The Brooklyn Rail

SEPT 2022

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SEPT 2022 Issue
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Pat Steir: Paintings, Part II

Pat Steir, <em>One Afternoon</em>, 2021–22. Oil on canvas, 120 x 120 inches. © Pat Steir. Courtesy the artist and Gagosian. Photo: Elisabeth Bernstein.
Pat Steir, One Afternoon, 2021–22. Oil on canvas, 120 x 120 inches. © Pat Steir. Courtesy the artist and Gagosian. Photo: Elisabeth Bernstein.
On View
Gagosian
Pat Steir: Paintings, Part II
June 21–September 3, 2022
Rome

After arriving at the gallery, located on the Via Francesco Crispi, a short walk downhill from Bernini’s Palazzo Barberini, I needed a few seconds for my eyes to adjust after the August sunlight outside. Then, the full subtlety and clear radiance of these cool, austere paintings had full effect. This second iteration of a two-part summer exhibition by Pat Steir comprised eight paintings—six predominantly red, yellow, and blue on black and two white on black. Barnett Newman’s attitude regarding the use of red, yellow, and blue was summed up in his series “Who’s Afraid of Red, Yellow and Blue?” (1966-70) and in the conclusion of his 1969 statement, “Why should anyone be afraid of red, yellow, and blue,” which is quoted in the exhibition’s press release. In his succinct response to the non-transcendent, minimal art of the 1960s, Newman was inviting an expressive and emotional response to color rather than a purely formal and technical one. Steir’s own contribution to this discourse on color and its significance—as well as the absence of color, in the use of only black and white—is the central premise for this exhibition. Three paintings titled Red Pour, Yellow Pour and Blue Pour (all 2021–22) make the connection explicit. They are large-scale vertical paintings of identical size at 132 × 60 inches. The black is not an even uninflected color: white paint thinned to gray the black in uneven drips flows downward, finding numerous paths across the resistance of the canvas weave, overlapping and mixing as they go. The color—red, yellow, or blue—is central and is flanked by black either side. The tripartite compositions of both Newman and Brice Marden come to mind. Each color occupies a very different amount of this central zone and appears like water marks on rock: a recording of liquid in motion, or the recollection of an event, now present after passing, in this precise yet open form.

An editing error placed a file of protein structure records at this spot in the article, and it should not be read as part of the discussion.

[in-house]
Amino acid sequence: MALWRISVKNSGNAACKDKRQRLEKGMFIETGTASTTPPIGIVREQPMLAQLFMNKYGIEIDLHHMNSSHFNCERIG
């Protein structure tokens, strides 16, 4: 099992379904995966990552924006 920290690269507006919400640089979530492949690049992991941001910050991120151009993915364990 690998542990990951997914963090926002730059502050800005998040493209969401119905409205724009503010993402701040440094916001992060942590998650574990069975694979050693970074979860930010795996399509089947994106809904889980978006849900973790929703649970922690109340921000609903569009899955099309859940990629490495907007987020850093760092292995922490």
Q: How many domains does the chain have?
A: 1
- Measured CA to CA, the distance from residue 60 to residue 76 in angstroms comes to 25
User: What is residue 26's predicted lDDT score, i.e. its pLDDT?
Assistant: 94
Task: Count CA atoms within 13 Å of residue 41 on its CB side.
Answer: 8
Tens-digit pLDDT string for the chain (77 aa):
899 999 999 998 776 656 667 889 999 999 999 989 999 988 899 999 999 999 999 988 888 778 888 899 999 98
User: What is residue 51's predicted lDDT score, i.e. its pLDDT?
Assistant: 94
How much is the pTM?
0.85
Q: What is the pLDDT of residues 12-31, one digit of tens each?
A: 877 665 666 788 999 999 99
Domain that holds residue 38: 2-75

Installation view: <em>Pat Steir, Paintings</em>, Gagosian Rome, 2022. © Pat Steir. Courtesy Gagosian. Photo: Matteo D'Eletto M3 Studio.
Installation view: Pat Steir, Paintings, Gagosian Rome, 2022. © Pat Steir. Courtesy Gagosian. Photo: Matteo D'Eletto M3 Studio.

In all the paintings here, cascades of paint released and subject to the vagaries of gravity and liquid viscosity flow in rivulets that combine in beautiful aggregates. Chance as much as judgment make the paintings, allowing for material, circumstantial agency. After Steir’s initial application from a loaded brush, on or near the canvas surface, or a pour from a bucket or similar vessel, the accidental and happenstance recall the astute letting go of both Chinese ink painting or John Cage’s music. All the paintings are initially painted black and have ruled white lines that act as guides for brushstrokes or pours. Small Many (2021–22) combines red, blue, yellow, in a stack of short horizontal gestures that begin at the lowest section; as they are repeated higher on the painting, the streaks of paint combine as drips and flow down to the lower band of color. This painting at 60 × 60 inches, feels compressed and rhythmic in contrast to the tall and towering pour paintings. One Afternoon (2021-22) is another square format painting, a lot larger than Small Many at 120 × 120 inches. One line of repeated horizontal marks leaves a semi-opaque and uneven band near the painting’s upper edge and releases a curtain or veil of white paint over black. There are sprays of white as well as drips as in Steir’s earlier “Waterfall” paintings. 15 inches or so of the right-hand side is left black, the horizontal not reaching across that far: the effect is to make a partial view or shape in the painting. Departing the gallery after such a meditative and sensual experience, it proved impossible to leave the paintings behind. After all, remembering makes us who we are at least as much as what is presently in front of us.

Contributor

David Rhodes

David Rhodes is a New York-based artist and writer, originally from Manchester, UK. He has published reviews in the Brooklyn Rail, Artforum, and artcritical, among other publications.

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The Brooklyn Rail

SEPT 2022

All Issues